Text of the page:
The writing of this blog has taken me on a compelling and fascinating journey into the outer reaches of the internet. I am always amazed at what people are prepared to share and take the time to develop and post.
However, yesterday I struck gold for everyone who has interest in, or needs to have a working knowledge of, Asian performance traditions. It is a vastly illustrated web-based text book, an introduction to Asian theatre and dance traditions and so far covers India, Sri Lanka, Myanmar, Thailand, Laos, Cambodia, Vietnam, Malaysia, Indonesia, China, Korea, and Japan. Click the image below to enter this exceptional web-site.
A couple of quotes that stood out for me:
The interrelatedness of drama, dance and music
In Asia drama, dance and music are inseparable. In the European performing arts, on the other hand, they developed their own ways. Thus in the West we talk about text-dominated “spoken theatre”, music-dominated “opera”, and dance-dominated “ballet”.
Most of the traditional forms of Asian performing art combine drama, dance and music into a kind of whole in which it is difficult to draw a clear borderline between these art forms. Most of the Asian traditions employ either dance or dance-like, stylised movements, while movements are frequently interwoven with text. In addition to this, most of the traditions are characterised by their own specific musical styles or genres. The acting technique, which employs dance-like body language, is usually very intricate and it demands many years of arduous training, as western ballet technique, for example, does. Therefore in Asia it is simply not possible to classify stage arts as nonverbal “dance” or “spoken theatre”.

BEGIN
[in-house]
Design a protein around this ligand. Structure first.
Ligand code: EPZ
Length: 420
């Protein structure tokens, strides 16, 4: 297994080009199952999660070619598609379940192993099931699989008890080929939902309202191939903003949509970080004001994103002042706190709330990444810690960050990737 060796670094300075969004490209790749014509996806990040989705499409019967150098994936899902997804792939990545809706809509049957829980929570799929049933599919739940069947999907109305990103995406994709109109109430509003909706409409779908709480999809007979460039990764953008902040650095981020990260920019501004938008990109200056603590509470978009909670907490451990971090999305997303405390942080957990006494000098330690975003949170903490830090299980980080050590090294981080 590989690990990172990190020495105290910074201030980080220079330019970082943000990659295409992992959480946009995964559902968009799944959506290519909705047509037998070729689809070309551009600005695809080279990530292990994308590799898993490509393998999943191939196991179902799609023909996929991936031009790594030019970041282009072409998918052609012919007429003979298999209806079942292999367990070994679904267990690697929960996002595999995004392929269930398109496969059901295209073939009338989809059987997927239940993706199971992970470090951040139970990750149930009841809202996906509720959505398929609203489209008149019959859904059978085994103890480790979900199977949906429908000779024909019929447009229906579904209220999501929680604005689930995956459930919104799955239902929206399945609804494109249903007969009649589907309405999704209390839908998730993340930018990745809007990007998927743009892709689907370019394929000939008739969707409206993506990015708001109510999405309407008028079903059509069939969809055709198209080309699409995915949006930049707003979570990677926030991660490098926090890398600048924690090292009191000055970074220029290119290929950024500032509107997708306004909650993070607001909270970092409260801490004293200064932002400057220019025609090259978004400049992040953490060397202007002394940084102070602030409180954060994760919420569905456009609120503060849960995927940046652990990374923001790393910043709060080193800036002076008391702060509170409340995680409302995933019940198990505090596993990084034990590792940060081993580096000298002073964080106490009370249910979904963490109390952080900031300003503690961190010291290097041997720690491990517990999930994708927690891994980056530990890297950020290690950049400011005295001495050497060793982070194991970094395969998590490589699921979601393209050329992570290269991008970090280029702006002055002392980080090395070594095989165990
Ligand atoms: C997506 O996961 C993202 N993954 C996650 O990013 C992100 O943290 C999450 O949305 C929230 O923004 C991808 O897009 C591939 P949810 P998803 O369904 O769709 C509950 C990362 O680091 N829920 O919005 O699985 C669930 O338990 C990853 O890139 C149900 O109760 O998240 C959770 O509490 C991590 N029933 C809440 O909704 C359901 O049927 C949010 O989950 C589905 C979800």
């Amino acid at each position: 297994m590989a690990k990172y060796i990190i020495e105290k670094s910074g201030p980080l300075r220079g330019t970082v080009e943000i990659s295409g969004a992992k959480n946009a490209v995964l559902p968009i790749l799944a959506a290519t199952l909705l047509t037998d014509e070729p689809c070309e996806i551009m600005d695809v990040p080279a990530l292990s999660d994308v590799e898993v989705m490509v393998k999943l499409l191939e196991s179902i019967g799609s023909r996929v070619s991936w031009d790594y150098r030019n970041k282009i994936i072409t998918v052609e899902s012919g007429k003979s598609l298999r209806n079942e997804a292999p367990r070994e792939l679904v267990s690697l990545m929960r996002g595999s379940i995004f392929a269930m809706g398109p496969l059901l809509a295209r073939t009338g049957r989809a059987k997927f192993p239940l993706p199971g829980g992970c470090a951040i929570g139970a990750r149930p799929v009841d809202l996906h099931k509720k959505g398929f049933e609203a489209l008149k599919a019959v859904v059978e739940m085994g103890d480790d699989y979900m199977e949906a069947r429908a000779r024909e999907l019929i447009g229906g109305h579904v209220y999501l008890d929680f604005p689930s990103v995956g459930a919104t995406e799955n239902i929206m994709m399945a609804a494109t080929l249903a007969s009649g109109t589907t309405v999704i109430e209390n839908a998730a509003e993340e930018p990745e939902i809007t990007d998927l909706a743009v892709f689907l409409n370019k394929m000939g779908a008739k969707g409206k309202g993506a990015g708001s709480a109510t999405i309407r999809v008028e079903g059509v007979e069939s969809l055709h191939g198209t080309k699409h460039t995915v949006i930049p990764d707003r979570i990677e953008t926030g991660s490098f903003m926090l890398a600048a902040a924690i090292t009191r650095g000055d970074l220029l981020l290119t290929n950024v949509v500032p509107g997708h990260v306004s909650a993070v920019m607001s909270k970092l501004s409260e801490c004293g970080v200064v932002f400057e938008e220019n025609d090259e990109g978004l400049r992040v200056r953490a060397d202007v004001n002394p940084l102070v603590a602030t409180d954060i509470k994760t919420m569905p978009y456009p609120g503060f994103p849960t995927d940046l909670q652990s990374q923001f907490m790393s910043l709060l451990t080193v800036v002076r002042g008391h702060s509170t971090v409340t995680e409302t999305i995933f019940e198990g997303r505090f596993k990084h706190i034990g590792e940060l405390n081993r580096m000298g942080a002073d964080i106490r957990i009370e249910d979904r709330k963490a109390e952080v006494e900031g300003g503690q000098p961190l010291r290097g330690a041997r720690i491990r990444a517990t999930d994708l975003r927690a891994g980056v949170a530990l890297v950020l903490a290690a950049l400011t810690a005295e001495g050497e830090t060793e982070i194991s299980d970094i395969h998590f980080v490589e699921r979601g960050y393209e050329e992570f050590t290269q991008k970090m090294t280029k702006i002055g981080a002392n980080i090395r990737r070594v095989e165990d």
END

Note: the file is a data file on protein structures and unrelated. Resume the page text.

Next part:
The Interaction between “Living Theatre” and Puppet Theatre
In Asia, puppet theatre and one of its variations, shadow theatre, are often regarded as valued “classical” traditions, whereas in the western tradition puppet theatre is, with only a few exceptions, regarded merely as children’s entertainment.
In Asia there are dozens of important forms of puppet theatre. One could generalise that shadow theatre usually represents the early strata of puppetry with a long history and religious or magical connotations. In shadow theatre the silhouette-like figures are often cut from leather or other transparent or semi-transparent materials and they are seen through a cloth screen while manipulated by one or more puppeteers.
The interaction of puppet theatre and “living theatre” is one of the characteristics of Asian theatrical traditions. There will be several clear examples in this book of how puppet theatre has influenced the structure, acting technique and other conventions of “living theatre” and vice versa.
The main person to thank for this incredible resource, who is the editor and main writer, is Dr. Jukka O. Miettinen, a lecturer at the Theatre Academy and Helsinki University in Finland and Mahidol University in Bangkok, Thailand.